Trial Begins For Breast-Baring Women
ROCHESTER, N.Y. (AP) _ One of seven women being tried for stripping to the waist in a city park protest testified Monday that they had acted in the spirit of women’s suffrage pioneer Susan B. Anthony, also a Rochester resident.
″I find it totally absurd that we can allow women in topless bars and pornographic magazines″ and prevent them from sunbathing or removing their shirt on a hot day, testified Ramona Santorelli, who organized the protest.
The women, charged with ″exposure of a person,″ contend that the law allowing men to go shirtless, but not women, denies women them equal protection of the law guaranteed by the state and federal constitutions.
Santorelli, the first defense witness, said Anthony, who led the women’s suffrage movement at the turn of the century, also had to get arrested sometimes to prove her point.
The trial of the ″Topfree Seven″ was expected to continue until Wednesday in Rochester City Court.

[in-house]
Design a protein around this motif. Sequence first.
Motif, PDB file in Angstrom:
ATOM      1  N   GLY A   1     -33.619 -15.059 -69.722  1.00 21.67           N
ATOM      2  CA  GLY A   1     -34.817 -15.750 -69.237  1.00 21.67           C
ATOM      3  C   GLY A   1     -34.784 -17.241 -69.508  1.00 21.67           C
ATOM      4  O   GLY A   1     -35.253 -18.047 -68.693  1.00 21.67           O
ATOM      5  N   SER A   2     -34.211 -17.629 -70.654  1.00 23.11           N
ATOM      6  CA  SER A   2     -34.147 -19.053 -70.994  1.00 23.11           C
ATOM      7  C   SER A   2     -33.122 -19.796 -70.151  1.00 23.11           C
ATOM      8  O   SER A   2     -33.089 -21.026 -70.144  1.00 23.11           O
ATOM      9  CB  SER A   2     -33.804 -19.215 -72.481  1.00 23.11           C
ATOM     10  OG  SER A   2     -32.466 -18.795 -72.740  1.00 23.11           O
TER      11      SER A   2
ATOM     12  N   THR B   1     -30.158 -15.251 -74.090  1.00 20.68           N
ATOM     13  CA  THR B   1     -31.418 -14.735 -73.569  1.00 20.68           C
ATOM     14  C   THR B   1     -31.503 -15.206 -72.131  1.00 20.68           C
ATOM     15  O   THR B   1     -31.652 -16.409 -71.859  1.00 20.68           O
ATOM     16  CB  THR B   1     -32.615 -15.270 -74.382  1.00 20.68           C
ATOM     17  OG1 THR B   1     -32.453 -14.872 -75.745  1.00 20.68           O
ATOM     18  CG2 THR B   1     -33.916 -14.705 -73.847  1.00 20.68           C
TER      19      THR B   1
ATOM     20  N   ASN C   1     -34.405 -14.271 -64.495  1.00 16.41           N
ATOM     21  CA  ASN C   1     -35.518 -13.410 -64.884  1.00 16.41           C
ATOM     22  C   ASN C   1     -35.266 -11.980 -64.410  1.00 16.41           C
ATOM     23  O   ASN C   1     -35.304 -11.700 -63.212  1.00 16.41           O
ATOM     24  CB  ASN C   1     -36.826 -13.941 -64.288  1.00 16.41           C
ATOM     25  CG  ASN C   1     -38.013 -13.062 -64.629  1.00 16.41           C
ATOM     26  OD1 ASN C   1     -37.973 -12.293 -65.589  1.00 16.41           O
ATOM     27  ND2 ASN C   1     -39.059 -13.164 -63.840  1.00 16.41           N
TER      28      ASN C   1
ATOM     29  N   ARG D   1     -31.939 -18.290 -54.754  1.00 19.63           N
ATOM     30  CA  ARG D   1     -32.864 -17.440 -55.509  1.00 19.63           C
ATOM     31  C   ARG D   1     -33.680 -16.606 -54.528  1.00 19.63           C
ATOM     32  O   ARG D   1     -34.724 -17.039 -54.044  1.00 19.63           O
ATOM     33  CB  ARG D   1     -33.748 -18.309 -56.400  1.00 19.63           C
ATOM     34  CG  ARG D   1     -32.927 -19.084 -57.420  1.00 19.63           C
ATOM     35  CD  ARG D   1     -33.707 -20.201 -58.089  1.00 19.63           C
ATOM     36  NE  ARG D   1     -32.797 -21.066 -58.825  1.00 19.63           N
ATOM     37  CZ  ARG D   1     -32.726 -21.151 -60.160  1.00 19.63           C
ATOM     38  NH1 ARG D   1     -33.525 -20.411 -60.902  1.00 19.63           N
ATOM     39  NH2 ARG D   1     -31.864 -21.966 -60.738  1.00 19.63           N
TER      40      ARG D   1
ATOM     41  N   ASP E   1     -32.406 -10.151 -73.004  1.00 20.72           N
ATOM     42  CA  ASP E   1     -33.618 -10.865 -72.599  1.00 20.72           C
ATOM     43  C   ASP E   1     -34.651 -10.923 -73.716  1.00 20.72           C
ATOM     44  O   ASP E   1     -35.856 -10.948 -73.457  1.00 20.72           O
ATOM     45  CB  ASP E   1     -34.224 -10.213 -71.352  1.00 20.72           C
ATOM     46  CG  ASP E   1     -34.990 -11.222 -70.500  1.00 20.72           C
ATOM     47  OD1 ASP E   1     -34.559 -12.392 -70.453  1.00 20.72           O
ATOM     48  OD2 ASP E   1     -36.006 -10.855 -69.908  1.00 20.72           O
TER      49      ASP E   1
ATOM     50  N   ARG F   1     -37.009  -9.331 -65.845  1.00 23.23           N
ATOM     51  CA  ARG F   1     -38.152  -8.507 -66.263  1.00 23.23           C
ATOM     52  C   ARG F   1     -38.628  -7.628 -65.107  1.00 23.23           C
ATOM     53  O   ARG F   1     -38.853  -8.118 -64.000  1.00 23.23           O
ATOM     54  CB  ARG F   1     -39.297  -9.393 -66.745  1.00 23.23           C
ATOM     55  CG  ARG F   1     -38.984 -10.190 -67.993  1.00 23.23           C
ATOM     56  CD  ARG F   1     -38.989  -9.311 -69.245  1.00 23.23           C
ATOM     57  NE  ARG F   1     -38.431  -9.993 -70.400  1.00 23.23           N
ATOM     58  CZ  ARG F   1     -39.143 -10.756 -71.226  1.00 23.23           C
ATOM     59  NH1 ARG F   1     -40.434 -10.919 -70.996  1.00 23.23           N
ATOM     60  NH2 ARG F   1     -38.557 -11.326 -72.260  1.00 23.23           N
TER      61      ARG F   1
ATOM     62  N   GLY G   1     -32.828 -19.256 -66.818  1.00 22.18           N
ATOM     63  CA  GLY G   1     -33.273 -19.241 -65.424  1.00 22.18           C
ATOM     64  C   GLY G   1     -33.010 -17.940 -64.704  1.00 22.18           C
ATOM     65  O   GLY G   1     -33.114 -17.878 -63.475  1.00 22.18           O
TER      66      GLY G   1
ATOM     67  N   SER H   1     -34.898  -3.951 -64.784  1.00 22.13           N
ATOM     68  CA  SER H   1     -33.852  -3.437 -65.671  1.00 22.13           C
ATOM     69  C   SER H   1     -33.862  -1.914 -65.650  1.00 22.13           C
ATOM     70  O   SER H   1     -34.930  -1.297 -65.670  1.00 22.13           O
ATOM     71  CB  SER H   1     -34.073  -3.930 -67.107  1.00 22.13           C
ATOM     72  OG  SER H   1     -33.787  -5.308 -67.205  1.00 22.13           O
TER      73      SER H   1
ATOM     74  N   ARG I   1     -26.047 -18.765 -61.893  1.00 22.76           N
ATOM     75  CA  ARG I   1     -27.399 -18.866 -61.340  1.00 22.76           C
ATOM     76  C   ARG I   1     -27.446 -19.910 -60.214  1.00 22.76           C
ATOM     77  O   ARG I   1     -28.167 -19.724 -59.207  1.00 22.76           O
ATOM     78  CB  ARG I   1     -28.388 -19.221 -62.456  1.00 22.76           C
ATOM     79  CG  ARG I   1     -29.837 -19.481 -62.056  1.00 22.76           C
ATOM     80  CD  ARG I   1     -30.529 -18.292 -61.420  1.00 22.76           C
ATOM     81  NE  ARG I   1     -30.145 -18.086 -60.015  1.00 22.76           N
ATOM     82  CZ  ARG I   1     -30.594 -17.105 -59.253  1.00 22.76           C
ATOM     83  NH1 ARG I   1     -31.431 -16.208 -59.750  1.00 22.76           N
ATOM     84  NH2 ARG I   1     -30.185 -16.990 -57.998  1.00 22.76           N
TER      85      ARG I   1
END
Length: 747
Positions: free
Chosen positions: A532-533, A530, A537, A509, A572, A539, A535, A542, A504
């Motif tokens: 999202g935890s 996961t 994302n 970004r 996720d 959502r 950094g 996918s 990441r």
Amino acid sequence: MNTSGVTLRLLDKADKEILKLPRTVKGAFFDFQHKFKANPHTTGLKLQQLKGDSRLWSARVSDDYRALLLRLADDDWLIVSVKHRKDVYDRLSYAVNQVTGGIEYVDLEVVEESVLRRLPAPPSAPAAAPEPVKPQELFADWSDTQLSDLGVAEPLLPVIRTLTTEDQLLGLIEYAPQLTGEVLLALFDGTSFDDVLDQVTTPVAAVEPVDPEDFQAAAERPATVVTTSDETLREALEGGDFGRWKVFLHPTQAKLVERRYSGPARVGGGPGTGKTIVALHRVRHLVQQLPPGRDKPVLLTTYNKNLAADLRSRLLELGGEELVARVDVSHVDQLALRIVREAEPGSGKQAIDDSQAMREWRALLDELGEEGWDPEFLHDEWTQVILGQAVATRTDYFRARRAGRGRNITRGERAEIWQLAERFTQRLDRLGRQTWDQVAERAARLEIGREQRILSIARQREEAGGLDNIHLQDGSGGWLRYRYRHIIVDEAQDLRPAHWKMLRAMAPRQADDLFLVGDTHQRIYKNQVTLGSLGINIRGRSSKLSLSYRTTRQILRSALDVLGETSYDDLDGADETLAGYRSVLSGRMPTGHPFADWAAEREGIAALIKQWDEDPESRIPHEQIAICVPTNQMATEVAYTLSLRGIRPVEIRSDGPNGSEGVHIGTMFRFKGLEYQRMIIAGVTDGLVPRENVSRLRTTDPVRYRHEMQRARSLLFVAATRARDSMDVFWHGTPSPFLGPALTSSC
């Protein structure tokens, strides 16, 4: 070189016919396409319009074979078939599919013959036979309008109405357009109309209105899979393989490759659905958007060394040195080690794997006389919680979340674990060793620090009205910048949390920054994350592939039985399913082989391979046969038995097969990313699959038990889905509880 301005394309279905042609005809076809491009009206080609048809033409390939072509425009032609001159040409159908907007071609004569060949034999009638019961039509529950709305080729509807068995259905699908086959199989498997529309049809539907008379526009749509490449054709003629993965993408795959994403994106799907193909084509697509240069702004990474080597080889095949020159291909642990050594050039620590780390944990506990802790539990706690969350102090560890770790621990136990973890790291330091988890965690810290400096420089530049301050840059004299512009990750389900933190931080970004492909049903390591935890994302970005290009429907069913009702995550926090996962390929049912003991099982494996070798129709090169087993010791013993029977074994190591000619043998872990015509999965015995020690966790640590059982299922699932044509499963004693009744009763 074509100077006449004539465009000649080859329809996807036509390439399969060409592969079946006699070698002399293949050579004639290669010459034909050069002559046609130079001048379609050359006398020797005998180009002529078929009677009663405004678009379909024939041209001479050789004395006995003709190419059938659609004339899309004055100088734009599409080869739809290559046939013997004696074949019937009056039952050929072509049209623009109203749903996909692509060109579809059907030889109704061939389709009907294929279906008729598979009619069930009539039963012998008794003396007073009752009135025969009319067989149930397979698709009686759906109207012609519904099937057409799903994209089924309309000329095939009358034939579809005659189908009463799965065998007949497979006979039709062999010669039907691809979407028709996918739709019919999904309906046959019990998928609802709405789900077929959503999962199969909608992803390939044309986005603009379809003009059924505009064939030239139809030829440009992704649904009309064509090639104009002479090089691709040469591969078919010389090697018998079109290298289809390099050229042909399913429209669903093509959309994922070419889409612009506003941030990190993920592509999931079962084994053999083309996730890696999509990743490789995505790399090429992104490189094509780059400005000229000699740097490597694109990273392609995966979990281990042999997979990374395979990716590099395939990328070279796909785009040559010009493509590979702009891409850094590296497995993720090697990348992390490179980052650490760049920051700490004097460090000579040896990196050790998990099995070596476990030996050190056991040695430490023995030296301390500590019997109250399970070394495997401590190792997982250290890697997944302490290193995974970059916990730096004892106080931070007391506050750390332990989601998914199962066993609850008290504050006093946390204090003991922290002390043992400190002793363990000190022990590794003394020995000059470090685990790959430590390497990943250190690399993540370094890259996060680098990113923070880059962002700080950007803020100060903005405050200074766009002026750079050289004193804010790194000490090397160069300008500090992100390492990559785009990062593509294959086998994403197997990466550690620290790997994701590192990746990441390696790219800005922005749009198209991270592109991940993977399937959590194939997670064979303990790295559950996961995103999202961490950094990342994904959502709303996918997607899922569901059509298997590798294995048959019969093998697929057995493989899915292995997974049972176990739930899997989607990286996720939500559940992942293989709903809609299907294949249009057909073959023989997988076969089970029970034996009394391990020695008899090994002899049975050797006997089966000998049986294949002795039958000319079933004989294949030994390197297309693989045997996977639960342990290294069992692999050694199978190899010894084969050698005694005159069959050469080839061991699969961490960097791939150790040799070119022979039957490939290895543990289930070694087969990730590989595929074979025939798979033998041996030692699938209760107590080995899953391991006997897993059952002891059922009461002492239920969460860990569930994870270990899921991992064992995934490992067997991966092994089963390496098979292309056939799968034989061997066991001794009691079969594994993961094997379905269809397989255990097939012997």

Earlier Monday, seven police officers described the scene June 21 at the group’s topless picnic.
On cross-examination, Assistant Public Defender Lawrence Kasperek asked serveral of them whether they would arrest someone dressed like a model in Sports Illustrated’s swimsuit issue.
The officers said that they did not think the woman on the magazine cover, wearing a swimsuit with a neckline that plunged to her navel revealing the sides of her breasts, would be violating the state law.
″The point is that the law is not clear,″ Kasperek said. ″The law is an example of a vague and arbitrary government regulation.″
During opening statements, Assistant District Attorney Thomas J. Brilbeck said he would prove the women intentionally took off their shirts in protest of the statute and broke the law.
Mary Lou Schloss, a defendant and spokeswoman for the group, said witnesses had flown in from around the country.
A breast surgeon from Rochester is expected to testify that women’s and men’s breasts are basically the same, except hormones make women’s grow larger, said David R. Moss, a lawyer representing five of the women.
The offense carries a maximum 15-day jail term and a $250 fine.